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Texas Oilfield Truck Drivers

Life in the Oilfields

When the oil industry boom goes bust, what happens to the workers? What happens to the communities we live in and raise our families in? What happens to you?

When the Boom Goes Bust

When the oil industry boom goes bust, what happens to the workers? What happens to the communities we live in and raise our families in? What happens to you?

The residents of West Texas have been on a rollercoaster ride due to the oil industry’s constantly changing demand. When oil prices are high, the need for workers is so great that oil and fracking companies will pay very high salaries to attract workers. The work these companies offer is often dangerous, dirty and back-breaking. But, as history has shown over the past 100 years, what comes up must go down. When the price of oil drops, so will the need for oil field workers.

Many people in West Texas will fight to find new jobs at the same time as their family, friends, and neighbors. Some people may even find themselves unexpectedly out of work and unable to find a new job that pays a fair salary. Long days, exhaustion and heavy machinery often combine to create accidents that injure or kill oil field workers every day.

There is no denying that the money is attractive, but new Class A CDL licensed truck drivers to have so many available options in today’s economy that you should at least ask yourself some questions before finalizing your career path.

A Day in the Life of an Oil Field Driver

You will typically wake up around 5 a.m. to begin a 14 to 16-hour shift. You will drive to a pumping site and connect your truck to the pumps that fill the tanker with water from fracking and drilling. You’ll then spend the next few hours in harsh, oily conditions working on the water pumps to fill your truck. After the truck is full, you will transport the water away from the drilling site, repeating this cycle until the end of your shift around 8 to 10 p.m., when you will return home or to a work camp for a few hours of rest.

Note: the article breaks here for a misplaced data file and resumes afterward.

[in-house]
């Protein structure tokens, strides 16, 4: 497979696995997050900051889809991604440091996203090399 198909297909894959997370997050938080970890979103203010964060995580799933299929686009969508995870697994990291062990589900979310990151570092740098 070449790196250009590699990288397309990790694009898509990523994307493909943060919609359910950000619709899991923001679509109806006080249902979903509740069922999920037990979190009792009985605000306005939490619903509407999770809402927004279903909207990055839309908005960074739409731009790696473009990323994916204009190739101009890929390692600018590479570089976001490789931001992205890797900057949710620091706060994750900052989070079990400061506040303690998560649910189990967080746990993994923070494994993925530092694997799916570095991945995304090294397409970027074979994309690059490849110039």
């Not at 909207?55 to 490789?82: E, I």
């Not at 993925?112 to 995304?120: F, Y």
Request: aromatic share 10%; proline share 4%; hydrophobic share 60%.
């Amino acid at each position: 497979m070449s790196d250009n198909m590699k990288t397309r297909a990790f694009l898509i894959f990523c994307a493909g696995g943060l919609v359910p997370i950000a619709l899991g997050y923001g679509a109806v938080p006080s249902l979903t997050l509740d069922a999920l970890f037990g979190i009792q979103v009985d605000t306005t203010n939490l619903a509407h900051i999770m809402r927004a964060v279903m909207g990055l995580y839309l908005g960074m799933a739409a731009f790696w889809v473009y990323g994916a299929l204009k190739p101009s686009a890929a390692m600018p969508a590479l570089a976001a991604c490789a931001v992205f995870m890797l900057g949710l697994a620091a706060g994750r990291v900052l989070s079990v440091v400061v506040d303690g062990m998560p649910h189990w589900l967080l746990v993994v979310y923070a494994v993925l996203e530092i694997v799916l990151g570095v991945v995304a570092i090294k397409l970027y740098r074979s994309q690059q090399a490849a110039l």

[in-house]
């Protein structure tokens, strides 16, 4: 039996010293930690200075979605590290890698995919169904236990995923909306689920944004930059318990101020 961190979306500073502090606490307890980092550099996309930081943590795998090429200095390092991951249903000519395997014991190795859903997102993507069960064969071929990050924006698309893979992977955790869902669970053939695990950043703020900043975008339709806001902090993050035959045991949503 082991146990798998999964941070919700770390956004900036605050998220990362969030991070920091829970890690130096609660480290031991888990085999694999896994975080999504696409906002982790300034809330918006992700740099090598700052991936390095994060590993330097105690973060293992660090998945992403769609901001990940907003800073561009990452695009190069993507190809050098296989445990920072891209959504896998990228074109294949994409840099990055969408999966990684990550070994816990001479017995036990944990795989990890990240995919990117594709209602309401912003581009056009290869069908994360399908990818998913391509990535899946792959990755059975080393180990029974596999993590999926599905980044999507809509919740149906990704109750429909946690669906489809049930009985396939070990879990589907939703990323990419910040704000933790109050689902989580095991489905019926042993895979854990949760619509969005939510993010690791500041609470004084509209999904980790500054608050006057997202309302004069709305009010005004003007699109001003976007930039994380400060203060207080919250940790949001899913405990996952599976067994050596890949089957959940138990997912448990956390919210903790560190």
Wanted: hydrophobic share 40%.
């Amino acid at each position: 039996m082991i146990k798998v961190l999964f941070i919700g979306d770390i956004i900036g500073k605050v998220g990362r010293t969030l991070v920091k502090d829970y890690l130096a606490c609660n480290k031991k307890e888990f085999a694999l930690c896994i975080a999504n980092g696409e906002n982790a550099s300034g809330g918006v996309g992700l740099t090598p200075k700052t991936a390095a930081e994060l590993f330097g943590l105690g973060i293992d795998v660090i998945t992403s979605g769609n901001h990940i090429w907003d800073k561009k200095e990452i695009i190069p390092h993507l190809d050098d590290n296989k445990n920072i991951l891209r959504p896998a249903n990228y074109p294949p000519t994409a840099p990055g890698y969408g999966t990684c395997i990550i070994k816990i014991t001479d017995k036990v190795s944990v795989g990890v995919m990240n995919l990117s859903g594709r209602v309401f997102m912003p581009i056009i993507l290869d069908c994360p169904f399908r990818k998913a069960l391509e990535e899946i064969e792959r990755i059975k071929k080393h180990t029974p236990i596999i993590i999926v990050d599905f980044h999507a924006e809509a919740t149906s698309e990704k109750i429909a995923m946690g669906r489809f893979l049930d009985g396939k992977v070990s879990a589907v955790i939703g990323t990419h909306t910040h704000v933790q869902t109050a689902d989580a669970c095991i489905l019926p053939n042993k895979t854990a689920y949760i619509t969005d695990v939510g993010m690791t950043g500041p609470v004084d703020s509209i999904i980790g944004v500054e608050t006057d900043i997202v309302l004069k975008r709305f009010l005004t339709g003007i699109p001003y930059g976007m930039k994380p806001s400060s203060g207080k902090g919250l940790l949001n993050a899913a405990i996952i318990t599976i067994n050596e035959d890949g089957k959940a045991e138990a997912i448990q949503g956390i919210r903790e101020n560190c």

Oil fields are very dirty and filled with petroleum and many other toxic chemicals. Many drivers are required to wear exposure detectors in case of chemical leaks so that you know when to evacuate the area. At the end of your shift, you’ll have just enough time for a quick dinner before going to sleep so that you can wake up at 5 a.m. the next day and repeat your next 16-hour shift. You also should be aware that oil field drivers are typically on call 24 hours a day, 7 days per week and are often asked to work overnight graveyard shifts. The typical oil field worker spends only 20 percent of the time driving a truck and 80 percent of the time working on pumps and doing hard, dangerous manual labor.

Man Camps

Many of the jobs in the oil field are in remote areas with no houses, schools, or supermarkets. Most of these workers have to leave their families at home and end up living in mass housing complexes called “man camps.” You will share a bathroom, kitchen, and shower facilities in these dormitory-like units. Many are an hour or more away from the nearest supermarket, restaurant or pub. Temperatures can linger above 100 degrees Fahrenheit for days, and the absence of trees means no natural shade for workers pulling 14-hour shifts. Most rooms aren’t bigger than a standard walk-in closet, and workers often bunk with someone they’ve never met.

There is Another Way

Your Class A CDL doesn’t mean you have to break your back or worse in the oil fields. In today’s economy, a Class A CDL is like a golden ticket to qualify for thousands of well-paying jobs as a professional driver. The trucking industry faces a massive driver shortage and has been increasing pay, benefits, and home time to attract more people to the career.


Many carriers, such as Werner Enterprises, treat their professional drivers with the respect and gratitude that these hard-working men and women deserve. A career as a professional driver typically includes the following benefits:

  • High starting wages
  • Sign-on bonus
  • Up to 100 percent tuition reimbursement
  • Mileage bonus, pay bonuses
  • Flexible home time schedule
  • Life insurance
  • Disability
  • Health, vision and dental insurance for you and your family
  • 401(k) Retirement Plan with company match
  • Employee Stock Purchase Plan
  • Career growth opportunities
  • Safe, clean working environment
  • Respect from their associates

Final Word

While the high pay of the oil fields is tempting, you should consider all of your options before choosing your career path. The truck driver training and Class A CDL you will receive at Roadmaster qualifies you for jobs that don’t require the hard labor and brutality of working in the unstable oil field industry while still offering generous wages. These careers will provide you with the stability to care for your family, save for retirement, and stay safe and healthy while making great money for many years to come.